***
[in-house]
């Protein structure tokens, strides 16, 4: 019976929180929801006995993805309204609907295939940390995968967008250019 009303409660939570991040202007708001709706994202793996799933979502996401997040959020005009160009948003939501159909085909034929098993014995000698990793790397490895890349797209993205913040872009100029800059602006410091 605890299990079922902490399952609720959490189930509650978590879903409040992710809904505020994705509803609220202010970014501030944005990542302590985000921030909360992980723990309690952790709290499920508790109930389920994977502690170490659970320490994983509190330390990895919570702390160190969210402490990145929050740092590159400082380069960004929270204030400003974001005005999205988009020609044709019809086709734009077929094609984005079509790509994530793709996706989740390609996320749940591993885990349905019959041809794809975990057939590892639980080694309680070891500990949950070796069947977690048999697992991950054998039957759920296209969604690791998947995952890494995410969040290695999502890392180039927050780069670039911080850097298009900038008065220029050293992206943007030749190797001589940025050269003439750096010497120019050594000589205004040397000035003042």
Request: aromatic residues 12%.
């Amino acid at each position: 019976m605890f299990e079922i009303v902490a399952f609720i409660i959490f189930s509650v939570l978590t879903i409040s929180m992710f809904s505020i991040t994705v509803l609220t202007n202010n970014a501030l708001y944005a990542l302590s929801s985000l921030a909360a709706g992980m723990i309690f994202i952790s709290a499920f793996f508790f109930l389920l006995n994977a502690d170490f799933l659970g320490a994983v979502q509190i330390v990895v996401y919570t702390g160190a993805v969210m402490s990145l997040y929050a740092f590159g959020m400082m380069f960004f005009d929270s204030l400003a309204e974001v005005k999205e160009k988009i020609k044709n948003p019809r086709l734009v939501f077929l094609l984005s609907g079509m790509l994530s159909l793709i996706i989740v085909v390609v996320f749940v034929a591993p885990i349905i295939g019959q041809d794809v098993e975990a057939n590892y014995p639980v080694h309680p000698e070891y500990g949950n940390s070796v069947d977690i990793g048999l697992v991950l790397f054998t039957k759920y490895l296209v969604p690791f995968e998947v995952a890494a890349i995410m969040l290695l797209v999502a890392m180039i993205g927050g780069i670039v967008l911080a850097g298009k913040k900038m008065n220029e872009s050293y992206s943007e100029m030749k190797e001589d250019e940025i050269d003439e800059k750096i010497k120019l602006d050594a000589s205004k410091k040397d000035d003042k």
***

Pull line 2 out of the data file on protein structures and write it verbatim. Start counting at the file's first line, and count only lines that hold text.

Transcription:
């Protein structure tokens, strides 16, 4: 019976929180929801006995993805309204609907295939940390995968967008250019 009303409660939570991040202007708001709706994202793996799933979502996401997040959020005009160009948003939501159909085909034929098993014995000698990793790397490895890349797209993205913040872009100029800059602006410091 605890299990079922902490399952609720959490189930509650978590879903409040992710809904505020994705509803609220202010970014501030944005990542302590985000921030909360992980723990309690952790709290499920508790109930389920994977502690170490659970320490994983509190330390990895919570702390160190969210402490990145929050740092590159400082380069960004929270204030400003974001005005999205988009020609044709019809086709734009077929094609984005079509790509994530793709996706989740390609996320749940591993885990349905019959041809794809975990057939590892639980080694309680070891500990949950070796069947977690048999697992991950054998039957759920296209969604690791998947995952890494995410969040290695999502890392180039927050780069670039911080850097298009900038008065220029050293992206943007030749190797001589940025050269003439750096010497120019050594000589205004040397000035003042």